#WhiteChurchQuiet and How the White Church Can Get It Right

I skipped church the week Alton Sterling and Alando Castile were gunned down. I feared their names wouldn’t be mentioned from the pulpit.

I wanted to protect myself from bitterness that our all-white church could afford to not even notice the tsunami happening in the African-American community. Instead, I immersed myself in downloaded sermons from churches with people of color at the helm, finding they were not as bitter as I was. It turns out this was not a new phenomenon to them like it was to me. They had seen it all before. And they’d see it again.

I found myself gathering a similar resolve this past weekend after Charlottesville, my insides coiling and preparing to fight or flee as a response to the inevitable silence of our white church. We’ve since changed churches, but our 98 percent white church has tended to shy away from controversy in the past, so I suspected silence from the pulpit.

I was wrong.

Our pastor hit it head-on. We began our service with a congregational prayer and response for racial healing. From there, he launched into a lament and a call to us to do more, be more, learn more. He shared a time when he got it wrong in a partnership with a local black church.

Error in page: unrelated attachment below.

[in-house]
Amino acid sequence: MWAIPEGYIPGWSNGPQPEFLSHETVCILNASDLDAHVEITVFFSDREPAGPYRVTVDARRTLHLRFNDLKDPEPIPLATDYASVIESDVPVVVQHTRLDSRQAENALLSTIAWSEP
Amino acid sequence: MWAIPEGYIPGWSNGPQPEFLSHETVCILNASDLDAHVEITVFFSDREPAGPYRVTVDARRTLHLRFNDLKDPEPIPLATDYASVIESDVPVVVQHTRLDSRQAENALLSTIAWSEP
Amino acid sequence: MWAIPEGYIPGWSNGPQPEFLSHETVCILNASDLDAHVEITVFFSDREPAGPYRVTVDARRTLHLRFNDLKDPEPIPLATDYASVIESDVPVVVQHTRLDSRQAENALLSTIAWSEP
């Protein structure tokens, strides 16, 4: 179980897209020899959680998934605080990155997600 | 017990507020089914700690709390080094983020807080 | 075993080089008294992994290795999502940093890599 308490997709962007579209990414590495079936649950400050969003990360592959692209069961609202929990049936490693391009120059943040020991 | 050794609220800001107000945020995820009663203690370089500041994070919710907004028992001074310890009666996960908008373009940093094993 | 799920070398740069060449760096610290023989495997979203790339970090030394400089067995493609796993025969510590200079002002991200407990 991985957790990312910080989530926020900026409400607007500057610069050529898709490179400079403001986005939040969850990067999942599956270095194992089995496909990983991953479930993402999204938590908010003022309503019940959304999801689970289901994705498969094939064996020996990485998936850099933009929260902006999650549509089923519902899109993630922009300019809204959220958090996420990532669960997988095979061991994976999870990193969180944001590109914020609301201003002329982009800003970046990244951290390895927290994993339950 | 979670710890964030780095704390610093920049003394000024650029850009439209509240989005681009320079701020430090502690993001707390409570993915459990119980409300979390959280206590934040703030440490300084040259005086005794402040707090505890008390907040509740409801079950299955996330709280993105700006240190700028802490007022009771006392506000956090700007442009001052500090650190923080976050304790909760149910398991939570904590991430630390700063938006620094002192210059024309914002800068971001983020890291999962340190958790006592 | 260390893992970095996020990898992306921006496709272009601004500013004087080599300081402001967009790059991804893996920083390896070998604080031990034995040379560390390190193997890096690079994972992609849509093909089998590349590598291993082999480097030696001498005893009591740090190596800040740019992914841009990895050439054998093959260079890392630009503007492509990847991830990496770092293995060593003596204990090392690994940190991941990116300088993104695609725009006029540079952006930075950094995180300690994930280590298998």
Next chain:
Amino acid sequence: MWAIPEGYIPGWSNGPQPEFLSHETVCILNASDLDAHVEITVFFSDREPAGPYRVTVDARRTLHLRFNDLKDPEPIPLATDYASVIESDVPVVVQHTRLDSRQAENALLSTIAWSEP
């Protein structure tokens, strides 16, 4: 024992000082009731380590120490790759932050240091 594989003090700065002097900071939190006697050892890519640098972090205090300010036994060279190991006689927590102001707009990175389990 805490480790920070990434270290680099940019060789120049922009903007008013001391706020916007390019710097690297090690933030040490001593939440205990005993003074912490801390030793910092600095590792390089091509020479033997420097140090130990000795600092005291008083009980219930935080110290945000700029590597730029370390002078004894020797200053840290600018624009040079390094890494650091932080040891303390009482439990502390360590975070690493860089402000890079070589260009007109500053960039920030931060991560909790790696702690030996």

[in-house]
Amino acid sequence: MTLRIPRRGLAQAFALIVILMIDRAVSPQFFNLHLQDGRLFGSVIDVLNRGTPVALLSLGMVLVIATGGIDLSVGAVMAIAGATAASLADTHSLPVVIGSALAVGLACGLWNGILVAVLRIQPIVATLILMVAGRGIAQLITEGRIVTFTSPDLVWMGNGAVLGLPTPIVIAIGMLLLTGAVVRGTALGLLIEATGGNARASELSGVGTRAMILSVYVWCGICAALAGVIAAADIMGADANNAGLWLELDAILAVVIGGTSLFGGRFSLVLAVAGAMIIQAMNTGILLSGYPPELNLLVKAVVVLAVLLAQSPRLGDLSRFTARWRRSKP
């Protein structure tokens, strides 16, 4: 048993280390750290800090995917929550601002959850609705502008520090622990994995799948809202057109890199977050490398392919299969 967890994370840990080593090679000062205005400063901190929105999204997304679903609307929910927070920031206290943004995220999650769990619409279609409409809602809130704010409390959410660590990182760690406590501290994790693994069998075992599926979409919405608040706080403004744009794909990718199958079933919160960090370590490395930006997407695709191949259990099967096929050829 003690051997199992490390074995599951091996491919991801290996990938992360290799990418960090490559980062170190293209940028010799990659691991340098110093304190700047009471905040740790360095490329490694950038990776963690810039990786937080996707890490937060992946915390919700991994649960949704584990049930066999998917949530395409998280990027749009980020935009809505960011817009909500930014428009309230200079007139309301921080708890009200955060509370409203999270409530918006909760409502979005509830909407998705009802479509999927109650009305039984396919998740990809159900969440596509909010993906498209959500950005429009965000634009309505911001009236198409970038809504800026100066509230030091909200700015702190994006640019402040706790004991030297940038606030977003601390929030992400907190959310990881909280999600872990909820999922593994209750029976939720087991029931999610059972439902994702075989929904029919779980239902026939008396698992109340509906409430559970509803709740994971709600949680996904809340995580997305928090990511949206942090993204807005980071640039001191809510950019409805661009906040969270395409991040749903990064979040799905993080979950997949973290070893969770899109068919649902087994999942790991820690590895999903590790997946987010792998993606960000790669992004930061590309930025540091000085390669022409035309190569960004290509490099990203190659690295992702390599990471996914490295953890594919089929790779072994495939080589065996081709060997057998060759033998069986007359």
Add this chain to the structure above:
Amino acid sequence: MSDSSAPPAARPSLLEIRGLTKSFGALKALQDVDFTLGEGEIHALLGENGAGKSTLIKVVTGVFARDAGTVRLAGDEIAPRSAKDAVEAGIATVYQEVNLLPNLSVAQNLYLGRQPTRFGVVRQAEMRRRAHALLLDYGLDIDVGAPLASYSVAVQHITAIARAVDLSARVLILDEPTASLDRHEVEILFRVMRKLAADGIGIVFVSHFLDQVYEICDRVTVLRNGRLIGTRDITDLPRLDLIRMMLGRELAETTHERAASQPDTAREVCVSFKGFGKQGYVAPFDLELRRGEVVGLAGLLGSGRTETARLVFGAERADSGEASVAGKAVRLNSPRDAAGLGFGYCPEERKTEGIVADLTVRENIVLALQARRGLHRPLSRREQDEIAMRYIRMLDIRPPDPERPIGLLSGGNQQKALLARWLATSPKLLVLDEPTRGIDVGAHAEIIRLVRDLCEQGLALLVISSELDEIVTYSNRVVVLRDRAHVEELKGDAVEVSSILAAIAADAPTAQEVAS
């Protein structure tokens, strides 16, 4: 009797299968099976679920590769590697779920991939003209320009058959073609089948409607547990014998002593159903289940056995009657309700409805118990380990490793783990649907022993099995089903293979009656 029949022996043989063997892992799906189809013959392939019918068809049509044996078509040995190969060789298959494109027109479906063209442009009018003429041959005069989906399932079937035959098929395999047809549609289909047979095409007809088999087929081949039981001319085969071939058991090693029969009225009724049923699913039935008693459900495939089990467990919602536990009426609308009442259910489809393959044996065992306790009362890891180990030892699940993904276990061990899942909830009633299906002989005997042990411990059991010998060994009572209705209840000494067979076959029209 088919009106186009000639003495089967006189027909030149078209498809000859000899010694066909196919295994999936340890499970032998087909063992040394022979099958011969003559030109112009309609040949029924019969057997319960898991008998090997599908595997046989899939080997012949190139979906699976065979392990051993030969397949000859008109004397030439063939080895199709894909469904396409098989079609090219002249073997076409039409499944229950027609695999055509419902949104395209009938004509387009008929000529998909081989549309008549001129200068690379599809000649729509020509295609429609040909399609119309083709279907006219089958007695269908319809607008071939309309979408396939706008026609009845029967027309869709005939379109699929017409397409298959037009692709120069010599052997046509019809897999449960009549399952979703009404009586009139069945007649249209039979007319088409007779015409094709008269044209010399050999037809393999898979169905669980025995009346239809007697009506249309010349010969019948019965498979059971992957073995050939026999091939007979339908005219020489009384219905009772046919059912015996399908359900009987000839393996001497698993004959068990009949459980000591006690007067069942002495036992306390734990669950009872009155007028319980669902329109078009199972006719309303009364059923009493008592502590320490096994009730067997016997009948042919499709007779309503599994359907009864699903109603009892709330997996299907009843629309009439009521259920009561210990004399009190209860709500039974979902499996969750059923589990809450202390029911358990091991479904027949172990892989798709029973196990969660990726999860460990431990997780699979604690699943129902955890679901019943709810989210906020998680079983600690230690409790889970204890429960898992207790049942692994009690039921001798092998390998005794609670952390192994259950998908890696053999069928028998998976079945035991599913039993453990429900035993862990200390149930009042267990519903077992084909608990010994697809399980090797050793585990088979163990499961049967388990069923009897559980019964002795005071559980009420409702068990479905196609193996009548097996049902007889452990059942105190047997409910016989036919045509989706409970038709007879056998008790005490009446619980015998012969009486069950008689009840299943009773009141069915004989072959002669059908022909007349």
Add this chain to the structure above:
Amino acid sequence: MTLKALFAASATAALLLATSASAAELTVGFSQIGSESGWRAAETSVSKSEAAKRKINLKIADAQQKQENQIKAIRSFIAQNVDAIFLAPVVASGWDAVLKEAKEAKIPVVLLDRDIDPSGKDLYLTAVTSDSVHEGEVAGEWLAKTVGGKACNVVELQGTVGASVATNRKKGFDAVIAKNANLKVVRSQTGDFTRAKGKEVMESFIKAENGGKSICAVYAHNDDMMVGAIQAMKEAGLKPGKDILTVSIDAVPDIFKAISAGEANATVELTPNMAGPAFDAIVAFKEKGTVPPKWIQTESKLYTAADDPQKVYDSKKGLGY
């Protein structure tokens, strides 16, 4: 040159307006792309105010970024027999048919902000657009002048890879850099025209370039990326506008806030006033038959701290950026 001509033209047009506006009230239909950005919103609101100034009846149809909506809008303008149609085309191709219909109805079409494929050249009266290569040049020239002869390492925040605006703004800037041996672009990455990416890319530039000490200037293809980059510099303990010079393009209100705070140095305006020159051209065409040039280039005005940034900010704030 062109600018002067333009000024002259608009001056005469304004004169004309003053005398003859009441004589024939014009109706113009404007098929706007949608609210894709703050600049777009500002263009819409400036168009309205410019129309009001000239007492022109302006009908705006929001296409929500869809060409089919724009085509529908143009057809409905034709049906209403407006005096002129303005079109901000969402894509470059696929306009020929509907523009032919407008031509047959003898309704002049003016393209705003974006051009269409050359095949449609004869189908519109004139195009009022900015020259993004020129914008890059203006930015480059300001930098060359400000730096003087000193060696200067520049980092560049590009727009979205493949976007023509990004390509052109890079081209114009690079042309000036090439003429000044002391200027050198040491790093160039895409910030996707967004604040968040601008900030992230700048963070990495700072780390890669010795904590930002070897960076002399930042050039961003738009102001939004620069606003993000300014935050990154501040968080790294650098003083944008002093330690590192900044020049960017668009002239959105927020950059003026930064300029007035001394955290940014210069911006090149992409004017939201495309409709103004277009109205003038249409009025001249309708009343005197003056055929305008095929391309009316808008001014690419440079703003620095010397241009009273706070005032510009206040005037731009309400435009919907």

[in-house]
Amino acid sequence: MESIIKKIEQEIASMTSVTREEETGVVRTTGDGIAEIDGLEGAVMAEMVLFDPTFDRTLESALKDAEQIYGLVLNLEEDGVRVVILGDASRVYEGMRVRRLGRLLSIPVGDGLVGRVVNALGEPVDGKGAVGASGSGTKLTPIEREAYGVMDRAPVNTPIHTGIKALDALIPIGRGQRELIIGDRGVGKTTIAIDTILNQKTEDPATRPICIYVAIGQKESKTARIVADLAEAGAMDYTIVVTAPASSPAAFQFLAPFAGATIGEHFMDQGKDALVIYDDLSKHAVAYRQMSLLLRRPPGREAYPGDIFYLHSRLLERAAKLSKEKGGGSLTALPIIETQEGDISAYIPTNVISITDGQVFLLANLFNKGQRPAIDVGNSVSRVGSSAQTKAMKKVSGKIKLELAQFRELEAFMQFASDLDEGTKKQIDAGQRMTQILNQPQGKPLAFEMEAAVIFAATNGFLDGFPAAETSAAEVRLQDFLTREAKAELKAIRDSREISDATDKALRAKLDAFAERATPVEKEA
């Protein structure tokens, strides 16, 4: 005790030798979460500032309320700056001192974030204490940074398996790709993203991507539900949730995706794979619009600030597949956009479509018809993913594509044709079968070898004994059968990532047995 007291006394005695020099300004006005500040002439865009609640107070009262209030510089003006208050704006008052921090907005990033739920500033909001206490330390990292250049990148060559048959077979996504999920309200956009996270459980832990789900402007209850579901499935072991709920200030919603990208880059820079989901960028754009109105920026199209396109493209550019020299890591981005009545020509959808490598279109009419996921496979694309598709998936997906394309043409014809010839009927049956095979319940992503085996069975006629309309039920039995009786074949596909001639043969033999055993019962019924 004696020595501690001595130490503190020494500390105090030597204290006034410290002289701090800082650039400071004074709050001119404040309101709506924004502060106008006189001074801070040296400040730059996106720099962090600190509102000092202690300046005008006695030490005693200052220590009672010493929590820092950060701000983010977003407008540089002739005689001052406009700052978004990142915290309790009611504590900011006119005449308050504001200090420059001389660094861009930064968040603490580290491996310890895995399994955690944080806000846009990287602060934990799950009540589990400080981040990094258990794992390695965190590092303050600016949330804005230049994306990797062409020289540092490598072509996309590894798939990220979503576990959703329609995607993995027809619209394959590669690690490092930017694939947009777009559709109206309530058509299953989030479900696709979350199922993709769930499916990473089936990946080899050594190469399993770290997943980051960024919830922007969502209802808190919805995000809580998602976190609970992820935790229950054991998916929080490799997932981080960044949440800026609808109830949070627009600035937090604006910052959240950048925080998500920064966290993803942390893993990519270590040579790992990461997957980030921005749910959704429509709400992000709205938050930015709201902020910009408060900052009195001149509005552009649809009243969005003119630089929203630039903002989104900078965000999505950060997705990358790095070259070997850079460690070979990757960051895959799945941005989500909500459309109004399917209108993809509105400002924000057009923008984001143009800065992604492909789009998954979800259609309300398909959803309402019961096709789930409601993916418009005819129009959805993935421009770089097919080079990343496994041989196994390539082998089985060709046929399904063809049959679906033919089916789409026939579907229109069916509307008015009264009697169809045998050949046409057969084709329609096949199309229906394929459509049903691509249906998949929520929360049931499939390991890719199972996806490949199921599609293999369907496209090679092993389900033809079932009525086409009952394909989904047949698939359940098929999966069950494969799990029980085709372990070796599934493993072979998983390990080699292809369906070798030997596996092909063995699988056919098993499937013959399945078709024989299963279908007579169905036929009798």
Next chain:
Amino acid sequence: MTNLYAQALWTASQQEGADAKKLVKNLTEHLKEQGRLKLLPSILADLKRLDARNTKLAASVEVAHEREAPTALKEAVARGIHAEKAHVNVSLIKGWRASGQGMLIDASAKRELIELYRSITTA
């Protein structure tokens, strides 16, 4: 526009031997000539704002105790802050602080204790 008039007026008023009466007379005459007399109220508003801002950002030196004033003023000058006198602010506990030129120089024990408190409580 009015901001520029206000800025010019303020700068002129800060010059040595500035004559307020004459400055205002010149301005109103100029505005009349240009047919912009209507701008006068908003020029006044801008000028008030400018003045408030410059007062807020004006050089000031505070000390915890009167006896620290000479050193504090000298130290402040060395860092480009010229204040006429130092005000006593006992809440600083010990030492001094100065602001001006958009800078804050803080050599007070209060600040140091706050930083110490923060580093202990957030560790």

Our church doing a congregational prayer and response after Charlottesville.

The white church has so far to go. In Lisa Sharon Harper’s recent guest post on Ann Voskamp’s blog, she pointed out that race is often considered an extracurricular activity for the church. But fighting for equal justice for men and women of color is not the same as signing up to help with the monthly newcomer’s potluck. It is not the same as giving money for overseas missions or serving in the soup kitchen.

This is not just one lane of many that we can choose to advocate for—the lane of racial healing is for every single member of the body of Christ. For when one part of our body is hurting, the rest suffers.

We all know how these things go. The internet will be deafeningly loud—for a while. The buzz will quiet down for a time until the next brown teenager is shot or the next rally is broadcasted.

But what if the white church couldn’t be identified as #whitechurchquiet any longer—a Twitter hashtag coined by Andre E. Johnson as a way of calling attention to the silence of the white church? What if the white church was known as a champion of our brown and black brothers and sisters in Christ? What if the white church was the loudest cry, the longest march and the most insistent voice in the fight for equal justice for every breathing human made in the image of God on this planet?

What if?

I am tempted to tune out and turn off the noise. I feel numb to the hate, paralyzed by the need for change.

But the church does not have the luxury of scurrying away and hiding from pain.The church does not have the right to cover her eyes until this, too, has passed. No, the church needs to step into the fire.